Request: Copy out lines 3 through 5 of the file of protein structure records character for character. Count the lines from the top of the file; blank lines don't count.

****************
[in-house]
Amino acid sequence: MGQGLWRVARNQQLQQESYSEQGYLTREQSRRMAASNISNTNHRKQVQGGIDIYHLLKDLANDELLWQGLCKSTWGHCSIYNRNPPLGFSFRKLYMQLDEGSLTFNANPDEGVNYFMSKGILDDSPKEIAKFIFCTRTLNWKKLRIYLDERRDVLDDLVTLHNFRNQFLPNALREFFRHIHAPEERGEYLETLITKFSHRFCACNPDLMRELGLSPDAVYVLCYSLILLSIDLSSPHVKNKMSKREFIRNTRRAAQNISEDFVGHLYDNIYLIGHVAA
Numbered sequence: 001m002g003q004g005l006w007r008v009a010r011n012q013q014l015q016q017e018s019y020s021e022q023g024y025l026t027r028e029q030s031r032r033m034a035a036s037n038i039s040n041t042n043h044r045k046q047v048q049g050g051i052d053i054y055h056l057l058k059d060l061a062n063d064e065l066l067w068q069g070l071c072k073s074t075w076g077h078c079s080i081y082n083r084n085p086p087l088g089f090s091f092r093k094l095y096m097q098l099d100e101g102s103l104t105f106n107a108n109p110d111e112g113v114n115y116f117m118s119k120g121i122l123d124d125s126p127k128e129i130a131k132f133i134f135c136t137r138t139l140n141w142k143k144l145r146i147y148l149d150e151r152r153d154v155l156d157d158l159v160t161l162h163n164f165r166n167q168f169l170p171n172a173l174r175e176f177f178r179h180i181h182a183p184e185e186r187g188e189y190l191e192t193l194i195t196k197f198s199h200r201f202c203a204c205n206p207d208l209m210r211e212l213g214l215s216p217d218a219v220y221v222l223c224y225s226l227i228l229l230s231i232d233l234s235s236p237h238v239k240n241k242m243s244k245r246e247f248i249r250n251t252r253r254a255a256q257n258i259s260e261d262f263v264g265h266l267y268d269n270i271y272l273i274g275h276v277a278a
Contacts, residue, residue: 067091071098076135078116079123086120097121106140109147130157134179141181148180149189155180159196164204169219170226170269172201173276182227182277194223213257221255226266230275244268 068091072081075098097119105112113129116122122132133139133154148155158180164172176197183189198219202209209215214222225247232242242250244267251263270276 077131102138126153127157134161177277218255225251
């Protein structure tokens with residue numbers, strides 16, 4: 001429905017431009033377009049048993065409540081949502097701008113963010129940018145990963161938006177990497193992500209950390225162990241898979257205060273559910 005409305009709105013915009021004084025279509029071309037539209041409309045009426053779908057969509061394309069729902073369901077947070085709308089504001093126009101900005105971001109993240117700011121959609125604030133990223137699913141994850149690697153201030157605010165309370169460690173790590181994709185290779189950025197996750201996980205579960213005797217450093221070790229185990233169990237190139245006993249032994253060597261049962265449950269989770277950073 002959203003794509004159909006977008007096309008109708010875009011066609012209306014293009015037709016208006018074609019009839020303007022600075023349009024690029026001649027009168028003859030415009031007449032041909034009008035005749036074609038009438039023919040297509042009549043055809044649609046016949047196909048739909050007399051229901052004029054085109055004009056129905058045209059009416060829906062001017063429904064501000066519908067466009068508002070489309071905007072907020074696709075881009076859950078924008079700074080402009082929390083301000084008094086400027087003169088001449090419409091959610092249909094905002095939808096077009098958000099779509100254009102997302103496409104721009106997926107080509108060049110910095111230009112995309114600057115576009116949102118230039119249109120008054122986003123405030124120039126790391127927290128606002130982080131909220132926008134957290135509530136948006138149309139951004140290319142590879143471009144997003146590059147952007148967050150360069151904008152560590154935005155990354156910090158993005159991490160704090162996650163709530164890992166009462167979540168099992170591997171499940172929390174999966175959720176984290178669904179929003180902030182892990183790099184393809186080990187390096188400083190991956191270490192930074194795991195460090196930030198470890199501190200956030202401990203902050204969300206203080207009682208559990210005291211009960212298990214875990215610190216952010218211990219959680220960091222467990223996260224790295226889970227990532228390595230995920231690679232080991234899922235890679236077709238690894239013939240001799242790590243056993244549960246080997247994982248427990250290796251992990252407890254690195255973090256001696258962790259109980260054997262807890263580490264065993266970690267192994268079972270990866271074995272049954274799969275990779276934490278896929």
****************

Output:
Numbered sequence: 001m002g003q004g005l006w007r008v009a010r011n012q013q014l015q016q017e018s019y020s021e022q023g024y025l026t027r028e029q030s031r032r033m034a035a036s037n038i039s040n041t042n043h044r045k046q047v048q049g050g051i052d053i054y055h056l057l058k059d060l061a062n063d064e065l066l067w068q069g070l071c072k073s074t075w076g077h078c079s080i081y082n083r084n085p086p087l088g089f090s091f092r093k094l095y096m097q098l099d100e101g102s103l104t105f106n107a108n109p110d111e112g113v114n115y116f117m118s119k120g121i122l123d124d125s126p127k128e129i130a131k132f133i134f135c136t137r138t139l140n141w142k143k144l145r146i147y148l149d150e151r152r153d154v155l156d157d158l159v160t161l162h163n164f165r166n167q168f169l170p171n172a173l174r175e176f177f178r179h180i181h182a183p184e185e186r187g188e189y190l191e192t193l194i195t196k197f198s199h200r201f202c203a204c205n206p207d208l209m210r211e212l213g214l215s216p217d218a219v220y221v222l223c224y225s226l227i228l229l230s231i232d233l234s235s236p237h238v239k240n241k242m243s244k245r246e247f248i249r250n251t252r253r254a255a256q257n258i259s260e261d262f263v264g265h266l267y268d269n270i271y272l273i274g275h276v277a278a
Contacts, residue, residue: 067091071098076135078116079123086120097121106140109147130157134179141181148180149189155180159196164204169219170226170269172201173276182227182277194223213257221255226266230275244268 068091072081075098097119105112113129116122122132133139133154148155158180164172176197183189198219202209209215214222225247232242242250244267251263270276 077131102138126153127157134161177277218255225251
């Protein structure tokens with residue numbers, strides 16, 4: 001429905017431009033377009049048993065409540081949502097701008113963010129940018145990963161938006177990497193992500209950390225162990241898979257205060273559910 005409305009709105013915009021004084025279509029071309037539209041409309045009426053779908057969509061394309069729902073369901077947070085709308089504001093126009101900005105971001109993240117700011121959609125604030133990223137699913141994850149690697153201030157605010165309370169460690173790590181994709185290779189950025197996750201996980205579960213005797217450093221070790229185990233169990237190139245006993249032994253060597261049962265449950269989770277950073 002959203003794509004159909006977008007096309008109708010875009011066609012209306014293009015037709016208006018074609019009839020303007022600075023349009024690029026001649027009168028003859030415009031007449032041909034009008035005749036074609038009438039023919040297509042009549043055809044649609046016949047196909048739909050007399051229901052004029054085109055004009056129905058045209059009416060829906062001017063429904064501000066519908067466009068508002070489309071905007072907020074696709075881009076859950078924008079700074080402009082929390083301000084008094086400027087003169088001449090419409091959610092249909094905002095939808096077009098958000099779509100254009102997302103496409104721009106997926107080509108060049110910095111230009112995309114600057115576009116949102118230039119249109120008054122986003123405030124120039126790391127927290128606002130982080131909220132926008134957290135509530136948006138149309139951004140290319142590879143471009144997003146590059147952007148967050150360069151904008152560590154935005155990354156910090158993005159991490160704090162996650163709530164890992166009462167979540168099992170591997171499940172929390174999966175959720176984290178669904179929003180902030182892990183790099184393809186080990187390096188400083190991956191270490192930074194795991195460090196930030198470890199501190200956030202401990203902050204969300206203080207009682208559990210005291211009960212298990214875990215610190216952010218211990219959680220960091222467990223996260224790295226889970227990532228390595230995920231690679232080991234899922235890679236077709238690894239013939240001799242790590243056993244549960246080997247994982248427990250290796251992990252407890254690195255973090256001696258962790259109980260054997262807890263580490264065993266970690267192994268079972270990866271074995272049954274799969275990779276934490278896929």